Of the remaining models, 16 car seats received the ranking of Better, and 5 seats were ranked Basic, which is the lowest ranking. Basic ratings were given to seats that detached from their bases on impact or whose bases split, or seats that had higher injury measures than the rest of the seats.
All of the car seats meet the federal standard for safety, and owners of Basic car seats should not assume they are unsafe, Jennifer Stockburger, director of operations at Consumer Reports' auto test center, said to The New York Times.
The car seats that received the Basic ranking, according to the New York Times, were the Evenflo Embrace 35, the Snugli Infant Car Seat, the Graco SnugRide Classic Connect, the Orbit Baby Infant Car Seat G2, and the Maxi-Cosi Prezi.
Under the new testing system, Consumer Reports raised the speed of the impact test from 30 to 35 mph and created a more realistic vehicle environment for the tests. They also had certified child safety passenger technicians evaluate the ease of use of each car seat based on 13 different criteria ranging from how heavy the seat is to the rear-facing-installation features.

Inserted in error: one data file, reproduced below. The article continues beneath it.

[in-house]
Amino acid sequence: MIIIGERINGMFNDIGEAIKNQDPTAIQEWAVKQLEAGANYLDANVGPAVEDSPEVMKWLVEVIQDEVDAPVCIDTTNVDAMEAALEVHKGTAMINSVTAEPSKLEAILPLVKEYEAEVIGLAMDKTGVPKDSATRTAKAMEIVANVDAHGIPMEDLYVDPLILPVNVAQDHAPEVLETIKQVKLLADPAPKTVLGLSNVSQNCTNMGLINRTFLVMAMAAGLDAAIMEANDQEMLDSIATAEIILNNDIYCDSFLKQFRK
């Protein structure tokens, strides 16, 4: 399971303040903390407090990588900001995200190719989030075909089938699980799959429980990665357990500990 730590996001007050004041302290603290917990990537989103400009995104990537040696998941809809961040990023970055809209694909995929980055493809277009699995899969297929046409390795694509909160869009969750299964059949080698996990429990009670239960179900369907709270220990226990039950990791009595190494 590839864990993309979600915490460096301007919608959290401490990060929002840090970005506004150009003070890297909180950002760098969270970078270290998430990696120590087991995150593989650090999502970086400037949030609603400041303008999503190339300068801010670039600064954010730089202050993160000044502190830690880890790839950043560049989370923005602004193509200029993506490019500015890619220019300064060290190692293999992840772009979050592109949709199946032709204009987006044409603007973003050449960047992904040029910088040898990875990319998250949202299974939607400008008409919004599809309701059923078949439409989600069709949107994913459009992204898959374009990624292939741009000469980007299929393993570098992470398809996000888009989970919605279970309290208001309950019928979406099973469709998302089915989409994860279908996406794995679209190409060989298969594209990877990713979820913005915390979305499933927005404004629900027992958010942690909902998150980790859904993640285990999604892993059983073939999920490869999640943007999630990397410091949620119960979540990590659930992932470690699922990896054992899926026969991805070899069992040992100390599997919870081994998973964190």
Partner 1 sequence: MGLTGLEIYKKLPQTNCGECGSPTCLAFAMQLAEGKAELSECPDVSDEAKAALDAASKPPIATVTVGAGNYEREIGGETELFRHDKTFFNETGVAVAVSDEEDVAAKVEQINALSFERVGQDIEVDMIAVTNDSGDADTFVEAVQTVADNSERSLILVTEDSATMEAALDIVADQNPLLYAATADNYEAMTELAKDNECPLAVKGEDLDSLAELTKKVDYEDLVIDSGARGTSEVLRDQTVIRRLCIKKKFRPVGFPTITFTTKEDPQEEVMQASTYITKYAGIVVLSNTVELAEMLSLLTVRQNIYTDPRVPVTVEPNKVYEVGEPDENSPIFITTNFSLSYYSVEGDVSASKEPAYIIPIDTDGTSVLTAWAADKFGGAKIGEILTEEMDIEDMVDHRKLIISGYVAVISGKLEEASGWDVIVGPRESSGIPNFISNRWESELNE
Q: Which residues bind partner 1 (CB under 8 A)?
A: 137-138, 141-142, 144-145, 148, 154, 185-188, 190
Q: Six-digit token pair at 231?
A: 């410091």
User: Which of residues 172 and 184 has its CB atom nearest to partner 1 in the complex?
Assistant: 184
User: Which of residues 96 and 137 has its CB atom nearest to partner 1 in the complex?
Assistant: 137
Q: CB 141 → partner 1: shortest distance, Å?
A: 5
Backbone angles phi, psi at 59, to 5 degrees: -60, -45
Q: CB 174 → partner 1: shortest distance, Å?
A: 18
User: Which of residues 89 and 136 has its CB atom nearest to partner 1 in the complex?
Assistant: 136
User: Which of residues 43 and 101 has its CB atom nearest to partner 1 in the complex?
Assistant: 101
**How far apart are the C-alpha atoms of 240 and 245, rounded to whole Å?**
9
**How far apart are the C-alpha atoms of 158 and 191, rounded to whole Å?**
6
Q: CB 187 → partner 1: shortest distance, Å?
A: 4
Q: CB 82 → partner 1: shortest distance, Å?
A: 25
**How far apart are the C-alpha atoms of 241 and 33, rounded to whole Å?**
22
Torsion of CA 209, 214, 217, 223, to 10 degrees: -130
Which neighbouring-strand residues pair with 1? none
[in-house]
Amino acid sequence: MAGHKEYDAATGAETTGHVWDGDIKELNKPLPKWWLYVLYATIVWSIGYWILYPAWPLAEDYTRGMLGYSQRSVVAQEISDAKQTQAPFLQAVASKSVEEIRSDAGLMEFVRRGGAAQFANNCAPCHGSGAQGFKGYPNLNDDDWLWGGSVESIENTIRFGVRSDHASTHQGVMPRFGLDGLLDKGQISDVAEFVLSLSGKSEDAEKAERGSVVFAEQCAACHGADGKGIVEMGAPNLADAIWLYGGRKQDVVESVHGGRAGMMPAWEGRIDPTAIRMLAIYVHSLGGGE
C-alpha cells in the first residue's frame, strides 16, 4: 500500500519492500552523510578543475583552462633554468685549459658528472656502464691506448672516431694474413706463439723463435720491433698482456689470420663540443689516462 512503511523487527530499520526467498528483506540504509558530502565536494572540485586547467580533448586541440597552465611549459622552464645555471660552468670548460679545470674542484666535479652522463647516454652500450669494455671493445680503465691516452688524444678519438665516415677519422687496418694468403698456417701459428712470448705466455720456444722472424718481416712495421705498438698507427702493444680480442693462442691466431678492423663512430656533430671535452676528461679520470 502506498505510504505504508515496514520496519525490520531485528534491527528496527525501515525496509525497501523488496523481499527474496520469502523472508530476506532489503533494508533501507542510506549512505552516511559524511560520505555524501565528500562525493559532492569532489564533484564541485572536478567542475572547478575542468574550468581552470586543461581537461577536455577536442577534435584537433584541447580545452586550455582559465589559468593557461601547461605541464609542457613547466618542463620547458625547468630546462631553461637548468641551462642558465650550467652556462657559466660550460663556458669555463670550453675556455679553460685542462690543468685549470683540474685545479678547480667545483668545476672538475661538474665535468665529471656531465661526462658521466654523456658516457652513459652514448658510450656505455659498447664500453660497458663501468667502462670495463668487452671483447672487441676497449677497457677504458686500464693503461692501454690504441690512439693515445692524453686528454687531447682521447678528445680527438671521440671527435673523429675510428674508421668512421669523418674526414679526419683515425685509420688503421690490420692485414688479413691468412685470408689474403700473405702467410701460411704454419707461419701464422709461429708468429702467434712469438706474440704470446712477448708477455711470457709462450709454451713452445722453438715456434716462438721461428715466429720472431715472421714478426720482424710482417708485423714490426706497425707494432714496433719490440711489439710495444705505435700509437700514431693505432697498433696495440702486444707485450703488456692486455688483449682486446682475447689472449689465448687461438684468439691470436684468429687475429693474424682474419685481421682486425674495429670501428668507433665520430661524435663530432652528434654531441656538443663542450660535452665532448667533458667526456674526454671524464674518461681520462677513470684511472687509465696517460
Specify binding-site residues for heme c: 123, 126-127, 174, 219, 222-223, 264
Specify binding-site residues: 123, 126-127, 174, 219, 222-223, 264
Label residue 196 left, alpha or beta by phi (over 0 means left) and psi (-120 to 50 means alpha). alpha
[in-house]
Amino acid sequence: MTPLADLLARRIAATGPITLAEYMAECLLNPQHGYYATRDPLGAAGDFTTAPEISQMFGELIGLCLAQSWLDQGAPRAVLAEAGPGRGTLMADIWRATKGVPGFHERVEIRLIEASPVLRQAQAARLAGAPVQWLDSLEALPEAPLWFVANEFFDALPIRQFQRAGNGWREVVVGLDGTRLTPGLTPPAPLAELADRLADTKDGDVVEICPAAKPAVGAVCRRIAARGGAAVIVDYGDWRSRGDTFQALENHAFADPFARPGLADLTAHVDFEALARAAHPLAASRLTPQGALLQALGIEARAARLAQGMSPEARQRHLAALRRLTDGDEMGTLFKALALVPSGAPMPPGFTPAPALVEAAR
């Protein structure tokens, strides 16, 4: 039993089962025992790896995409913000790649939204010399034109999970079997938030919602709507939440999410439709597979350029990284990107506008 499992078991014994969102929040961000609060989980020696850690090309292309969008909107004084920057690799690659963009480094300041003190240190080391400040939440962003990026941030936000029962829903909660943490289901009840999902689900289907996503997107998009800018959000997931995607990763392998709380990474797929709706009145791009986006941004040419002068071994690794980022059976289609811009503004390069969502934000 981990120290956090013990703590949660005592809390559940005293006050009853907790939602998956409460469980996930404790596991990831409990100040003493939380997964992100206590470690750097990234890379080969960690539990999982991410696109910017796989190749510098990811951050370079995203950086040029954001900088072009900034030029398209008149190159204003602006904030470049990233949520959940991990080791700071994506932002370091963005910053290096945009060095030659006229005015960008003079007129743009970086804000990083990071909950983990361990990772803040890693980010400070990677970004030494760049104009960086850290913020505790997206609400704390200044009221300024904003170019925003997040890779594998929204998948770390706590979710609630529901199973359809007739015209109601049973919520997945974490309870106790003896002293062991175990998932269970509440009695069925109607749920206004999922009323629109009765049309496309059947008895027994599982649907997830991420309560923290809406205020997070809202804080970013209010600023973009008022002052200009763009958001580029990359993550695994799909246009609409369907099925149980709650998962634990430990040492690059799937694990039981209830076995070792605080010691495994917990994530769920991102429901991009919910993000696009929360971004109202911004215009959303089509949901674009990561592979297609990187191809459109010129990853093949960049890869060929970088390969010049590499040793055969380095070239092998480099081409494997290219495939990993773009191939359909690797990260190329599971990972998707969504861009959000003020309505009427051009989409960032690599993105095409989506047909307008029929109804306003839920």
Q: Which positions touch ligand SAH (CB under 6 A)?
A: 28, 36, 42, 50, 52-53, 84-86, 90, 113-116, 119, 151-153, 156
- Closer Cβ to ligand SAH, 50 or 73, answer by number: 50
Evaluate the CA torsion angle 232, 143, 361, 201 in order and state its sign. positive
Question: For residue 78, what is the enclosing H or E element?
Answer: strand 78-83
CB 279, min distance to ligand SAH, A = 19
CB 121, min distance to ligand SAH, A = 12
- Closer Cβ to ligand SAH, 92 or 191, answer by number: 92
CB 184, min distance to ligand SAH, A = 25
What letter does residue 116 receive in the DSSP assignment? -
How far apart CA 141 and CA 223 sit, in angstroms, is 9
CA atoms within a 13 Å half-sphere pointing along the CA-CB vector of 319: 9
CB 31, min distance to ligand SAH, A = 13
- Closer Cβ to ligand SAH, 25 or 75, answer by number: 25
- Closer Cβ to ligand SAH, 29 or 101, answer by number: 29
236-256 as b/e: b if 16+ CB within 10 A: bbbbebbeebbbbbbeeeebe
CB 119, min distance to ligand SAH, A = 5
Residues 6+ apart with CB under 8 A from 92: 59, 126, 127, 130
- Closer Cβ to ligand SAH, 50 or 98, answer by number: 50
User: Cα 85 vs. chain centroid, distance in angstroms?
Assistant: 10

Consumer Reports continues its efforts to improve the marketplace and has developed a new test protocol for crash-testing child seats. As part of a rigorous, two and a half year process to develop the new test, we extensively studied published research on pediatric biomechanics and child-injury patterns in vehicle crashes. We also analyzed crash-test videos and data from crashes conducted by the National Highway Traffic Safety Administration (NHTSA) and Transport Canada, and where appropriate, we conferred with other child passenger safety and automotive safety experts. We also reviewed our protocol with Dr. Priya Prasad, an outside consultant who is a respected expert in vehicle safety and injury biomechanics, with 40 years of experience.
Our latest infant seat ratings are based on tests conducted according to our new crash protocol at a contracted outside lab. We also performed in-house testing of both ease-of-use and fit-to-vehicle assessments on each seat. We combined the results of those three tests to determine the overall rating for each car seat, giving more weight to the combined scores of the ease-of-use and fit-to-vehicle testing than to the crash performance testing because optimal crash protection cannot be expected without proper use and secure installation.
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